Forex Hedging Strategies
If you've traded in FOREX before, you’ll want to consider hedging your positions to reduce your maximum losses. Today I’m going to weigh in on what hedging is as it relates to FOREX. To do this, I'll cover two questions that'll give you a deeper understanding of hedging.
- What does hedging mean?
In essence, hedging is a risk mitigation strategy. Think of hedging as insurance for financial transactions. You spend a small amount to take a position that will offset the risk of fluctuations in price. When the market turns unfavorably, a hedge will allow you to cap your losses so you don’t go bankrupt.
Note that hedging is not a strategy for earning a profit, but for capping your loss. In fact, hedging brings along the added cost of entering and exiting an additional transaction, thereby reducing your profit.
Hedging is a common practice in multinational companies that have exposure to multiple currencies. There is a very real cost that accompanies hedging, but it can save you millions when things go south. Let’s jump into the next section to see why multinational companies (and even traders) hedge FOREX positions.
- Why would you need to hedge FOREX?
I am going to use an example to really drill this concept in your brain.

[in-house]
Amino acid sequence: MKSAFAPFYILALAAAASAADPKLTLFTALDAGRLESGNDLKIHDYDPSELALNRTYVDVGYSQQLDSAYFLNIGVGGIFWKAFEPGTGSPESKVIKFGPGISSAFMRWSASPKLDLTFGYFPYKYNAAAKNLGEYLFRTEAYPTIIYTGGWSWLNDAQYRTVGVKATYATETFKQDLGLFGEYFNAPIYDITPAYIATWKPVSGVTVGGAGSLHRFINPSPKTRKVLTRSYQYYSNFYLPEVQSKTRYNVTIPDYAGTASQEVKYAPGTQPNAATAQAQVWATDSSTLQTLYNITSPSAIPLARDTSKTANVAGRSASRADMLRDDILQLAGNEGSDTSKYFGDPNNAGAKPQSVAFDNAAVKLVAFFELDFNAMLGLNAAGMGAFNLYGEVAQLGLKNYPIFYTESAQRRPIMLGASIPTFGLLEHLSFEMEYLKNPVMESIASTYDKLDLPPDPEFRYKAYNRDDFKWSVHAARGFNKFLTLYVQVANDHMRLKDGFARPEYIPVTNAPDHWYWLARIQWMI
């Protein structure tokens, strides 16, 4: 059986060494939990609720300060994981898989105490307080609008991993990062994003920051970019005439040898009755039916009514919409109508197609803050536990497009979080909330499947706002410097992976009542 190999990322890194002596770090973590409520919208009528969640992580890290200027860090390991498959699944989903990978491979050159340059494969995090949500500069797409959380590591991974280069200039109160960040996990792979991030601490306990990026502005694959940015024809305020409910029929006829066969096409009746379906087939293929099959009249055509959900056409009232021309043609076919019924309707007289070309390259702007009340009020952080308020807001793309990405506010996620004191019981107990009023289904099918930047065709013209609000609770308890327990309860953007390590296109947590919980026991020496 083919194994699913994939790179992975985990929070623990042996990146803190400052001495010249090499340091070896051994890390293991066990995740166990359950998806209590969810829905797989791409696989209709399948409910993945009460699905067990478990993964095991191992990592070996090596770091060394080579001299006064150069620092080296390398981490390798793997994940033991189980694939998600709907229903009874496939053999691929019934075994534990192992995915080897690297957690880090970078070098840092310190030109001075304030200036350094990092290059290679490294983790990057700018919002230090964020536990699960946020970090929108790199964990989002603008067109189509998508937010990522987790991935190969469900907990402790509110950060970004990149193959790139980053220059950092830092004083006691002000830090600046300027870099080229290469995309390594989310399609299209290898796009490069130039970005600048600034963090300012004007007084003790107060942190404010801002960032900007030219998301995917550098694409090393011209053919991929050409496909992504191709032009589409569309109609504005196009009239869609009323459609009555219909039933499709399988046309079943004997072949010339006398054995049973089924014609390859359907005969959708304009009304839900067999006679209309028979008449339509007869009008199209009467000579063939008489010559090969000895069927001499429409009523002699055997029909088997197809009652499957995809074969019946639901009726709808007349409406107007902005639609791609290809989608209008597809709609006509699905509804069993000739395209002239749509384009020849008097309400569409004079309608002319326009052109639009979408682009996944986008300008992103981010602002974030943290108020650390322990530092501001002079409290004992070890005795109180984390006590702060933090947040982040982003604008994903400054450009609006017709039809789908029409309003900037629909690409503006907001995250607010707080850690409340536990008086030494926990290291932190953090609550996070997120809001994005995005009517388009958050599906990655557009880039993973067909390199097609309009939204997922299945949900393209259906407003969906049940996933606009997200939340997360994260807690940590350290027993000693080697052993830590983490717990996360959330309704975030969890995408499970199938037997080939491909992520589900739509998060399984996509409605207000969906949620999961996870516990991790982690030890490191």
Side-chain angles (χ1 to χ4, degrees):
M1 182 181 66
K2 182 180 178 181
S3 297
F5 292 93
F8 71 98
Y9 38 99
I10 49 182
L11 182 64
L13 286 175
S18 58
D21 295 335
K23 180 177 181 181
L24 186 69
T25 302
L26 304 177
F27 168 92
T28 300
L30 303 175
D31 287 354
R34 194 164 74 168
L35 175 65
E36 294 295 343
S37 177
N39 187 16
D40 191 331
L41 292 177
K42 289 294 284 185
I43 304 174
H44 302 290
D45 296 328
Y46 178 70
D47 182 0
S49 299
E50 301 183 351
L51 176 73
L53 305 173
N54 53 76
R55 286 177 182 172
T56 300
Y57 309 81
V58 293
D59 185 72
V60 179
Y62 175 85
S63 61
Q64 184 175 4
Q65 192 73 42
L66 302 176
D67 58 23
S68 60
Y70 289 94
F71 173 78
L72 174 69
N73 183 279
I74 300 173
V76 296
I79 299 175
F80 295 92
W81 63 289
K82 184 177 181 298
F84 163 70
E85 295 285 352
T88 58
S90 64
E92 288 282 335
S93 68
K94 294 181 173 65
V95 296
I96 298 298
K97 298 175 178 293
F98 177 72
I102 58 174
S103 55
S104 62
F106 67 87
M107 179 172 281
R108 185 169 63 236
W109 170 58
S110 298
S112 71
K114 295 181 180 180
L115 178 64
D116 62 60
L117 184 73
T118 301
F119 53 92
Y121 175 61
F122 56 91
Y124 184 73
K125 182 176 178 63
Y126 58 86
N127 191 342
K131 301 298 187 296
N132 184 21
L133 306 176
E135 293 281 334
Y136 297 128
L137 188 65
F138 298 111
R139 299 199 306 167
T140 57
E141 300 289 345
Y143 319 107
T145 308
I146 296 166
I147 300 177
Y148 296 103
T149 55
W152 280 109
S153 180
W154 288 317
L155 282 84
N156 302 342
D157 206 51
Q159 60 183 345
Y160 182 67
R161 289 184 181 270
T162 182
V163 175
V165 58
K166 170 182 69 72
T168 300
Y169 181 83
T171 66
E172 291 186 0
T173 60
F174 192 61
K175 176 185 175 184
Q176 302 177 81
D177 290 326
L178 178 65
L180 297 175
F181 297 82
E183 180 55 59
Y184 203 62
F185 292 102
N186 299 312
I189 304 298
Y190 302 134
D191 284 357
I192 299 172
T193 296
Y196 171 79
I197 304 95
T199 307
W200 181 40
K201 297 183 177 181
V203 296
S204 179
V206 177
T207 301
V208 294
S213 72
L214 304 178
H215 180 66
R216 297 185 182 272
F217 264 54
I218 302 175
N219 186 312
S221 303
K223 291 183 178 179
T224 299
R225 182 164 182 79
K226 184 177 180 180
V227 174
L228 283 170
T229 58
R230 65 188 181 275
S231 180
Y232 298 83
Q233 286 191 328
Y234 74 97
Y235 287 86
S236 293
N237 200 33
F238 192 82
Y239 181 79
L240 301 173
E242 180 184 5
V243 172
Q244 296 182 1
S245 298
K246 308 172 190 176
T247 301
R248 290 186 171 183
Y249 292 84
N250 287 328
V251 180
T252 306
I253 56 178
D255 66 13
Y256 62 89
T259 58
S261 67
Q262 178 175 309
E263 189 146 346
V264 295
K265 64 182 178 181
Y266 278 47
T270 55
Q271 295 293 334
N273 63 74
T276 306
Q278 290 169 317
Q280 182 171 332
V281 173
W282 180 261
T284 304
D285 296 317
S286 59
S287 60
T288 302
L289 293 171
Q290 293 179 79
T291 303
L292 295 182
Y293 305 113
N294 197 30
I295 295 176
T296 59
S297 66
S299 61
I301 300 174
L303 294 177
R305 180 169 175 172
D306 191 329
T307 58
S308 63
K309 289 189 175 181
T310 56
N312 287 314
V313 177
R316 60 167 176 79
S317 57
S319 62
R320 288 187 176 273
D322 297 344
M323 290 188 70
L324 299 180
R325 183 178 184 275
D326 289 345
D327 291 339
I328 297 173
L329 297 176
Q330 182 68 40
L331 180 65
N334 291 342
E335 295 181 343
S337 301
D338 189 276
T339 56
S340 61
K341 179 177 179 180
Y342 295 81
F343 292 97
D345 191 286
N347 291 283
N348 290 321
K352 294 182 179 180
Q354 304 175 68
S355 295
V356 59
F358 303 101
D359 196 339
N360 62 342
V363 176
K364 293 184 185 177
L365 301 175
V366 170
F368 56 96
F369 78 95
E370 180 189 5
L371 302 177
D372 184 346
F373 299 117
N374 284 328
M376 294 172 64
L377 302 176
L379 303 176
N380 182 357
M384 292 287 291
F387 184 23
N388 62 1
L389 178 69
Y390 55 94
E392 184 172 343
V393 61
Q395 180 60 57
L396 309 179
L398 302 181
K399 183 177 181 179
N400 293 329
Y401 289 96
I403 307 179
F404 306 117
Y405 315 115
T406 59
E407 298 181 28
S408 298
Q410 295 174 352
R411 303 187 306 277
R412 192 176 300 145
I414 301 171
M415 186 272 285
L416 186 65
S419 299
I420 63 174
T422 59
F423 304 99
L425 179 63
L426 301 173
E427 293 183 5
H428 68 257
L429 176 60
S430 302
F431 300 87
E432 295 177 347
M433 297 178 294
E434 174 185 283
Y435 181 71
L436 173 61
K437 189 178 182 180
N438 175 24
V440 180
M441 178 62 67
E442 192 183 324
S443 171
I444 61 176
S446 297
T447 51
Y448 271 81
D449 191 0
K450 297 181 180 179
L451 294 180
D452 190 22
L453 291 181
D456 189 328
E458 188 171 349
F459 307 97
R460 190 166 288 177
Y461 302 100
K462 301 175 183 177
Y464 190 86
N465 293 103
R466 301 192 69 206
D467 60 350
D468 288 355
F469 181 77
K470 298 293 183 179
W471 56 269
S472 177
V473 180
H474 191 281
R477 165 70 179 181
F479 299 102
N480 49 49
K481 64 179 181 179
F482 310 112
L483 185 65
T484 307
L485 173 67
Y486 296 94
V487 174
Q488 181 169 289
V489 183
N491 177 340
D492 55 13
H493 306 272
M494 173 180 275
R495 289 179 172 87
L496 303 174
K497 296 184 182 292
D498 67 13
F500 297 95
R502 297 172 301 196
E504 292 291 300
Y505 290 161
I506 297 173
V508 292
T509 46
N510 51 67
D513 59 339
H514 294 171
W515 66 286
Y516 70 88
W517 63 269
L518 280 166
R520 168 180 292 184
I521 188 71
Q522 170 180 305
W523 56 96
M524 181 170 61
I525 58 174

If you invest in equities, you know that by taking a bet on an airline company, you are also taking a bet on oil prices – this is how big of a cost oil is for an airline and how that will affect profits.
Let’s assume you run an airline company based in England.
Now, your airline needs to pay for ATF (aviation turbine fuel) so you can run your flights. The payment for oil, however, happens in USD. When you make the payment, you will need to convert your GBP to USD.
Assume that you purchased 40,000 barrels of oil at $60 per barrel when GBP/USD was at $1.35, i.e. £1 buys you $1.35. You will need to pay the seller a total of $2.4 million or £1,777,777 (you can calculate this as 2.4 million divided by $1.35). You place the order and smile your way home thinking you’ve had a productive day.
15 days later, on the date of payment – the GBP/USD pair is quoted at $1.25. Let’s recalculate how much you will pay for the same quantity of oil.
At this rate, you will pay £1,920,000. That is a giant hole in your company’s bank account worth £142,333.
To avoid this, you’ll need a hedge. The hedge will cost you money, but it’ll be a long way off £142,333.
Awesome, I believe that should help you really grab on to what hedging is, and why companies and traders do it. Let’s now take a step forward and get our hands dirty with FOREX hedging strategies that you can directly apply to your trades. As you read through these strategies, notice how businesses and traders use different strategies.
FOREX HEDGING STRATEGIES
- Direct FOREX Hedging Strategy